Stuck on Earth

Book review by
Kate Pavao, Common Sense Media
Stuck on Earth Book Poster Image
Older kids will relate to sci-fi fantasy about misfit teen.

Parents say

age 13+
Based on 1 review

Kids say

age 14+
Based on 2 reviews

A lot or a little?

The parents' guide to what's in this book.

Positive Messages

This book presents an honest picture of humanity's highs and lows. As one counselor says, "The human race can be very ugly. I see it every day in this office. There is a lot of pain. We are destroying our planet...." But ultimately Tom/ Ketchvar does see something good in humans that's worth preserving, stating that "Most humans are doing the best they can." This message might resonate well with readers who are struggling with their own insights about the cruelty of their peers, and of the adult world beyond it.

Positive Role Models & Representations

Tom/ Ketchvar is a complicated character, but he does try to do the right thing (he even uncovers a big polluting scandal in town). There are other clearly positive role models in this book, including an energetic environmentalist and a caring school counselor. Even Tom's father ultimately tries to do what's best for his family and his son.

Violence

The opening scene in which Ketchvar takes over Tom's body by crawling up his nose may be sort of upsetting to some sensitive readers. There are some bullying episodes, and a school counselor asks Tom if he has violent plans. Later, Tom is chased by men and dogs, and then kidnapped by local bullies who try to kill him.

Sex

Tom and Michelle kiss.

Drinking, Drugs & Smoking

Tom's father spends his days drinking, but it is certainly not glamorous.

What parents need to know

Parents need to know that the opening scene in which Ketchvar takes over Tom's body by crawling up his nose may be upsetting to some sensitive readers. There are some bullying episodes, and a school counselor asks Tom if he has violent plans. Later, Tom is chased by men and dogs, and then kidnapped by local bullies who try to kill him. But even through all the pain and humiliation, Tom/ Ketchvar does see something good in humans that's worth preserving, stating that "Most humans are doing the best they can." This message might resonate well with readers who are struggling with their own insights about the cruelty of their peers, and of the adult world beyond it.

User Reviews

  • Parents say
  • Kids say
Parent of a 13 year old Written byJack114 April 14, 2011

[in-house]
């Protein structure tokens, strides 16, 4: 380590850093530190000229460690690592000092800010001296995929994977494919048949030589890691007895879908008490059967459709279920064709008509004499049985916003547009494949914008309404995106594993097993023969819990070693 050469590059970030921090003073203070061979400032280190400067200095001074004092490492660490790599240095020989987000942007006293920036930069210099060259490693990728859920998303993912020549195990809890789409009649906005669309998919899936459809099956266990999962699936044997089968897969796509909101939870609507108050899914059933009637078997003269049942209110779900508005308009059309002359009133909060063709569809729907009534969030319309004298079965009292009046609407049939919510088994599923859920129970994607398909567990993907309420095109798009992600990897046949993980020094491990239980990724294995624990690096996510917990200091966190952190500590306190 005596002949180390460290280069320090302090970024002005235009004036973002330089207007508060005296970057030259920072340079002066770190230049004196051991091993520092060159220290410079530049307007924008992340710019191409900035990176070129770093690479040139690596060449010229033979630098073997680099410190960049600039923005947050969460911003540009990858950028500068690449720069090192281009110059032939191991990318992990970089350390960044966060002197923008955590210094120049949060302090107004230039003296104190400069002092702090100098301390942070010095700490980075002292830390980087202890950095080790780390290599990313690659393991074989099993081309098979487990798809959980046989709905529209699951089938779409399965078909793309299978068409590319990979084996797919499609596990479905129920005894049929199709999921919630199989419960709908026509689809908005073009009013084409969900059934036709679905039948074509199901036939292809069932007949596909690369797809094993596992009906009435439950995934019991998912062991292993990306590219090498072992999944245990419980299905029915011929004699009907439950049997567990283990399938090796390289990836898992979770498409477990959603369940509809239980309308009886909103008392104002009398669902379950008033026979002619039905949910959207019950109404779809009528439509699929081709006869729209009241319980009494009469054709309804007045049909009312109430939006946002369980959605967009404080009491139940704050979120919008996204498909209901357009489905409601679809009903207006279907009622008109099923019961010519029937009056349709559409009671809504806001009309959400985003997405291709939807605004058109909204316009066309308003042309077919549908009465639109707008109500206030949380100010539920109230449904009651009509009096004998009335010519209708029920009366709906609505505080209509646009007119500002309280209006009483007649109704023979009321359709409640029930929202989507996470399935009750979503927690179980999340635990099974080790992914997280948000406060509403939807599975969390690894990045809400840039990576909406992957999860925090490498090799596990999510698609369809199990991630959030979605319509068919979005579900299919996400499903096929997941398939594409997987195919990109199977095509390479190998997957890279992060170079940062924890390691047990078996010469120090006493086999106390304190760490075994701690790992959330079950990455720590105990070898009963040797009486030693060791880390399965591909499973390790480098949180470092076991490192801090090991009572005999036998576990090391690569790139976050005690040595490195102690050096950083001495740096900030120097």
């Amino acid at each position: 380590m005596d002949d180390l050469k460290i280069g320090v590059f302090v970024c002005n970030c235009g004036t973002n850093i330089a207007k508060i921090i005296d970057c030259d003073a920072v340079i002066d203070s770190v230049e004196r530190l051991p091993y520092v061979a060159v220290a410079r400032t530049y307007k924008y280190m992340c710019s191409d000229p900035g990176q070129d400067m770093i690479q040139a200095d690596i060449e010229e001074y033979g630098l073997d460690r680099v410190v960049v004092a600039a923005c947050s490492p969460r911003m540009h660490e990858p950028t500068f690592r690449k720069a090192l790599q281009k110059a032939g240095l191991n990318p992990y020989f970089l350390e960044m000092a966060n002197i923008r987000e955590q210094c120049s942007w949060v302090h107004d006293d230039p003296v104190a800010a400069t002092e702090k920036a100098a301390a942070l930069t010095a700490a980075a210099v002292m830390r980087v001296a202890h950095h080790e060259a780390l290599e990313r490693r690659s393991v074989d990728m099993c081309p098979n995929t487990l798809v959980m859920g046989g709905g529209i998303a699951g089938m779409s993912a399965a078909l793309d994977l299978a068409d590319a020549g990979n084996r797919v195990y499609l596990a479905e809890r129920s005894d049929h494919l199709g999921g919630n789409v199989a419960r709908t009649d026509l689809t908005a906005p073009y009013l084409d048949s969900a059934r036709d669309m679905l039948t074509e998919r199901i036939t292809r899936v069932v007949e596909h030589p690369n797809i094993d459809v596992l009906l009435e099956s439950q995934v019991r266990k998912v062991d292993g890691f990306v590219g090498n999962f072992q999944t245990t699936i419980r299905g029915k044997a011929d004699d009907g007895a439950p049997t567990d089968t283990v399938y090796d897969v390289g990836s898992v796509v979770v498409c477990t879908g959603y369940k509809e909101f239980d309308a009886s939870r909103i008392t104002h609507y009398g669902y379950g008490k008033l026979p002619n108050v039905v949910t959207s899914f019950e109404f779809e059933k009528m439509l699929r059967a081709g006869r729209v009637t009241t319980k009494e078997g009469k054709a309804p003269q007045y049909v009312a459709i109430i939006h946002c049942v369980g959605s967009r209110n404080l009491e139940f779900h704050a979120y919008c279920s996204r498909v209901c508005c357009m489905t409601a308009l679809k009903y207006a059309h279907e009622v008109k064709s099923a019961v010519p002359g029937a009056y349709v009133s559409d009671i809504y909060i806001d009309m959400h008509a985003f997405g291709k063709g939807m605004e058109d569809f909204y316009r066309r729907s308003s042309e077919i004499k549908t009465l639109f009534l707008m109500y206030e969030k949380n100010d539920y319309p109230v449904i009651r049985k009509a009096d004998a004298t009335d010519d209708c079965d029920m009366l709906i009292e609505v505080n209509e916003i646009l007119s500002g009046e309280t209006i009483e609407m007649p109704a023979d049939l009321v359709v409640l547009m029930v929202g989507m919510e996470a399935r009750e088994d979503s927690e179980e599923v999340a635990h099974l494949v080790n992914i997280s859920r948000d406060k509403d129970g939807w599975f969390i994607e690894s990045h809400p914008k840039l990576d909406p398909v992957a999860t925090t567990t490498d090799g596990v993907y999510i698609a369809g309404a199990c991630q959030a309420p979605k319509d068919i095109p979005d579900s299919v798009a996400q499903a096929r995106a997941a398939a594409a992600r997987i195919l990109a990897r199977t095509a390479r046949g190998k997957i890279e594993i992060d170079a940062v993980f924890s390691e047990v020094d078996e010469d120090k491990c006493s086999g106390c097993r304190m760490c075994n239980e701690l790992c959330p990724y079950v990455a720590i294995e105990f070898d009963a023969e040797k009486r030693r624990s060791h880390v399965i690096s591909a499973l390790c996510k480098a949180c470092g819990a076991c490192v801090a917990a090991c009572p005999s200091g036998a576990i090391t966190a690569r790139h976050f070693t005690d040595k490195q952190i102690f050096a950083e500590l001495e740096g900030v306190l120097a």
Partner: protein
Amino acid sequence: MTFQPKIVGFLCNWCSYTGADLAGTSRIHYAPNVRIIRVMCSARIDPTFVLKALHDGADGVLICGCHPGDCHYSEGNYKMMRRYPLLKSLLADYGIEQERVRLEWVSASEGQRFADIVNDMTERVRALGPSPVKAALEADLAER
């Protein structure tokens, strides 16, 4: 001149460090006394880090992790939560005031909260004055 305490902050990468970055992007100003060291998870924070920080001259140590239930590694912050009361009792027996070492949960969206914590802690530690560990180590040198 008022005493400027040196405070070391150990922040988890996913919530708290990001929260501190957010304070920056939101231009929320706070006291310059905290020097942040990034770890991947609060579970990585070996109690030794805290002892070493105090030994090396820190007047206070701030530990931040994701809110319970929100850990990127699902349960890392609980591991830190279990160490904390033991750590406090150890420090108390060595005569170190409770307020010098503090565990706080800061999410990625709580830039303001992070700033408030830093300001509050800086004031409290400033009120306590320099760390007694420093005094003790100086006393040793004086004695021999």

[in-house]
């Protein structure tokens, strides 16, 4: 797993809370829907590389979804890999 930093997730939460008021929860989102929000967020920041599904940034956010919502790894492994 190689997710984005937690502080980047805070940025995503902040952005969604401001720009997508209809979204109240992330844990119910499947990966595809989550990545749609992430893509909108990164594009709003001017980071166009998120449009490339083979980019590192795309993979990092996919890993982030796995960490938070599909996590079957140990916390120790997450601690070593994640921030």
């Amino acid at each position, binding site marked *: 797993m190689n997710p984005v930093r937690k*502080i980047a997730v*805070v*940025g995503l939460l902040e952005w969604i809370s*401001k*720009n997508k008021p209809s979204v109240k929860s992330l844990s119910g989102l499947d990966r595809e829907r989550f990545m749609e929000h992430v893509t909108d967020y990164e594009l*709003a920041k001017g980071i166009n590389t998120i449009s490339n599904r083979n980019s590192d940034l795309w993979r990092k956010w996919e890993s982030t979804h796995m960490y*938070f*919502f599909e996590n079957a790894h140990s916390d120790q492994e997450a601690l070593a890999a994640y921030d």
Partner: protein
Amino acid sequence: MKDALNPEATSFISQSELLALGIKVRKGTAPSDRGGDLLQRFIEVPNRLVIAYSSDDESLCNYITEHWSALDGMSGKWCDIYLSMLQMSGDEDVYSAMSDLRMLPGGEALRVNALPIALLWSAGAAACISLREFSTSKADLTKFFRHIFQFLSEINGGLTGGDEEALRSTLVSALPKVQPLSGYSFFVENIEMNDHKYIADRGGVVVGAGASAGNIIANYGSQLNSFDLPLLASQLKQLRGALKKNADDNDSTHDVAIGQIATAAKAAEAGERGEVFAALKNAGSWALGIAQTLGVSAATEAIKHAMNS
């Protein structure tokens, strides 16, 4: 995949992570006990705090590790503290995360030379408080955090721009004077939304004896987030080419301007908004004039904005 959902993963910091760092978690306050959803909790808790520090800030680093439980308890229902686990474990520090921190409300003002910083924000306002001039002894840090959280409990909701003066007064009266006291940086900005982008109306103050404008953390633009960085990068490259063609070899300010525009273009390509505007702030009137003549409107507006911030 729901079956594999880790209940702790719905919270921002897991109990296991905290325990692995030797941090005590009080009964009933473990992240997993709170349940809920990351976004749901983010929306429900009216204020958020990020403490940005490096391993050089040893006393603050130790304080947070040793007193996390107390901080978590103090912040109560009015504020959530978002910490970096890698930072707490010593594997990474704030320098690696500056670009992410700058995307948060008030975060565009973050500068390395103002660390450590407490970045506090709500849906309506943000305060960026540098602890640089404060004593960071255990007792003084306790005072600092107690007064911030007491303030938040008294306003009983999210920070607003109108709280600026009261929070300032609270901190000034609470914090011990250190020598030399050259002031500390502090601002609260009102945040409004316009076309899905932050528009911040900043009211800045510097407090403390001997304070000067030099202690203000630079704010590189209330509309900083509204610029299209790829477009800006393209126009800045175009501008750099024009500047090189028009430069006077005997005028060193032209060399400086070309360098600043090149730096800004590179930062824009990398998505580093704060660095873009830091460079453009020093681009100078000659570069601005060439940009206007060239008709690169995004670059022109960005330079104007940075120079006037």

Good for most people 13+

I am 13. I live in New Jersey. Here are my thoughts on this book that I finished yesterday: it was action packed and exciting throughout. There were sad parts a... Continue reading
Teen, 13 years old Written byjoE_13 September 22, 2011

An okay book.

It is realy good, but ther are small bad language in it , and at the beging it talks about pregnets.
Teen, 17 years old Written byrshaw4015 December 1, 2011

Awesome

This is a great Book and i think classrooms should read it as a whole

What's the story?

Tom Filber's body has been taken over by an alien name Ketchvar, who must decide the fate of humans on Planet Earth. Or has he? Perhaps Tom is really just a misfit teen who has created an insane fantasy life so as not to face school bullies (and bullying family members) in his painful suburban New Jersey life. Either way, Tom/ Ketchvar has certainly made a case for each side of humanity: both the bad (environmental disasters, cruelty, etc.) and the good, including his very sweet neighbor Michelle.

Is it any good?

This book has a little bit of everything: some romance, adventure, a little environmental awareness, and a compelling mystery right at its heart. Namely: Who or what is controlling Tom Filber's mind and body? The author paces his story well so that readers will start to wonder if it's all a fantasy just as the alien narrator asks, "Am I, Ketchvar III, really a part of Tom Filber, a defense mechanism of his that has taken control for a little while?" Readers will enjoy figuring out the puzzle, which is never fully resolved.

Talk to your kids about ...

  • Families can talk about the book's ending. The conclusion allows readers to have their own ideas about what happened to Tom Filber. What do you believe? Was he really taken over by an alien? Do you like conclusions that are open to readers' interpretations or not?

  • Tom experiences a lot of bullying at school. Are there kids who mistreat other kids at school? What have you seen -- and how has the school dealt with it? Have you ever been singled out -- or been tempted to participate in bullying someone else? How could we make it easier for all kids to be accepted?

  • This book's marketing campaign is being tied into the 40th anniversary of Earth Day. In the book, Tom goes through some extremes -- including breaking and entering and being chased by security dogs -- in order to prove a local paint company is polluting the town's lake. Can you think of something a little less extreme to help celebrate Earth Day?

Book details

For kids who love fantasy

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